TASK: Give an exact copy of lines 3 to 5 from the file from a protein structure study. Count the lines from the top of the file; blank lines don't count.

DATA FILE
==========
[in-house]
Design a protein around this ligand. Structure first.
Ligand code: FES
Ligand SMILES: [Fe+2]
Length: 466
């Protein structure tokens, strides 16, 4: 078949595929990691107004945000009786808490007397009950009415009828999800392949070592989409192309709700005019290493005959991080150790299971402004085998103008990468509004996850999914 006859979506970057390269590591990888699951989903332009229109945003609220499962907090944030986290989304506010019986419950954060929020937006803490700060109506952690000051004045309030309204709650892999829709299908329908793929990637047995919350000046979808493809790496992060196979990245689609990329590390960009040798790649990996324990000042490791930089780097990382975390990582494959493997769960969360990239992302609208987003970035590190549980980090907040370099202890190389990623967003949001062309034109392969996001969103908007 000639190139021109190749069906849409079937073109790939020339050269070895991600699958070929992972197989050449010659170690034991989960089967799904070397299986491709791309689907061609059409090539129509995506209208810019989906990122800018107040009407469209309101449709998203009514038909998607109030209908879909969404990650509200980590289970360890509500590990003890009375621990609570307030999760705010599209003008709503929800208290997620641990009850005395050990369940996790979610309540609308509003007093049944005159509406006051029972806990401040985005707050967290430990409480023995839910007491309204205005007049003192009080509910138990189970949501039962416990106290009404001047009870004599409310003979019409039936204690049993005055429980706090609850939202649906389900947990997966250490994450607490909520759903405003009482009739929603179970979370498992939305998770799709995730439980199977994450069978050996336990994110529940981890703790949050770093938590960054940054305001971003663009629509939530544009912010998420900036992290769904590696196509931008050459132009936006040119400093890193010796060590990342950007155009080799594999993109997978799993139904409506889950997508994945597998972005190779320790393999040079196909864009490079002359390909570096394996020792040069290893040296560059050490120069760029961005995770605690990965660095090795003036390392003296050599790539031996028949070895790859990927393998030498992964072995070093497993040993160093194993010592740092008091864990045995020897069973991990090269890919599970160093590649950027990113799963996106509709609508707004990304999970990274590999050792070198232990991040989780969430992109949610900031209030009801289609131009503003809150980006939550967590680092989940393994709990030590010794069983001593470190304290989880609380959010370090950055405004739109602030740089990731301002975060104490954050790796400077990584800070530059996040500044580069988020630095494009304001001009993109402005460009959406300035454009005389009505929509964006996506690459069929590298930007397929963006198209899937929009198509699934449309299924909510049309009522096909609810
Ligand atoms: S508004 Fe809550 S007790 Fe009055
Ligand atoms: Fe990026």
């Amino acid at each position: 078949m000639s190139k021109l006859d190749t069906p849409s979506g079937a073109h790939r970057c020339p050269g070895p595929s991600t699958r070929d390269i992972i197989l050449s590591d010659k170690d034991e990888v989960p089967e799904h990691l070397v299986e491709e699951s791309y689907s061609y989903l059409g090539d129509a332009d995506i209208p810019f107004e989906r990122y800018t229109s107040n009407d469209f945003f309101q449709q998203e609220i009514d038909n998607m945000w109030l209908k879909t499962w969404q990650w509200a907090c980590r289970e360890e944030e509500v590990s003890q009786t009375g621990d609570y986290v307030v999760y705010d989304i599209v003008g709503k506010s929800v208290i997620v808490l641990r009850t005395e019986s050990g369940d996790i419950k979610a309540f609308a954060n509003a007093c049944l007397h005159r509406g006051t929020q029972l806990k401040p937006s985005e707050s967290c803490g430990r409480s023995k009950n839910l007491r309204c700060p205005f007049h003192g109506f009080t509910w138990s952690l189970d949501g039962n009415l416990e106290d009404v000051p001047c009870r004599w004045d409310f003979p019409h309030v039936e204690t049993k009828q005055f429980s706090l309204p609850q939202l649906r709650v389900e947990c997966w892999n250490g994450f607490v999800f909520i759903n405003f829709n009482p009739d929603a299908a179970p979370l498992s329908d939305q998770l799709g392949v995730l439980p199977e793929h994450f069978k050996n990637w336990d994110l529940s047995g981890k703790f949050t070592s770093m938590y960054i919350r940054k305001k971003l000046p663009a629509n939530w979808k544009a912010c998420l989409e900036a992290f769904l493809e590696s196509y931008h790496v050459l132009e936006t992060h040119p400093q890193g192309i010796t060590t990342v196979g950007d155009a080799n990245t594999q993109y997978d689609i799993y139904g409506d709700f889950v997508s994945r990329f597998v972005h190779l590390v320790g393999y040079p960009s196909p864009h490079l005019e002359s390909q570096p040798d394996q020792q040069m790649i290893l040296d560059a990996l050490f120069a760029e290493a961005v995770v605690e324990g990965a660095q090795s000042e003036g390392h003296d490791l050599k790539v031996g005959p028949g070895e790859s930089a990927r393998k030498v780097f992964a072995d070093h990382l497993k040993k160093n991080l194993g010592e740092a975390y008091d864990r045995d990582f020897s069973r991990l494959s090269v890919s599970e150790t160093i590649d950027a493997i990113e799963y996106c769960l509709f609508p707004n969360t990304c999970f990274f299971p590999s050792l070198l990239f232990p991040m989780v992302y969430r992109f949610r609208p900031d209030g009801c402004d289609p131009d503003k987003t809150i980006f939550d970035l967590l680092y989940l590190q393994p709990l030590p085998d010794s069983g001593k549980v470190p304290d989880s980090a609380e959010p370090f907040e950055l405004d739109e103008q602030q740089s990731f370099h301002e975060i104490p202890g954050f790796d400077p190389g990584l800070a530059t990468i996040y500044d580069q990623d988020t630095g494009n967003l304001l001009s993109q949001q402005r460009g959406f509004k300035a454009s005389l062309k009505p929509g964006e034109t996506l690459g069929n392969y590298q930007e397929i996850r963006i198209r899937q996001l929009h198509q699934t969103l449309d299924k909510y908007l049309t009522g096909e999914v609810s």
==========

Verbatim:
Ligand code: FES
Ligand SMILES: [Fe+2]
Length: 466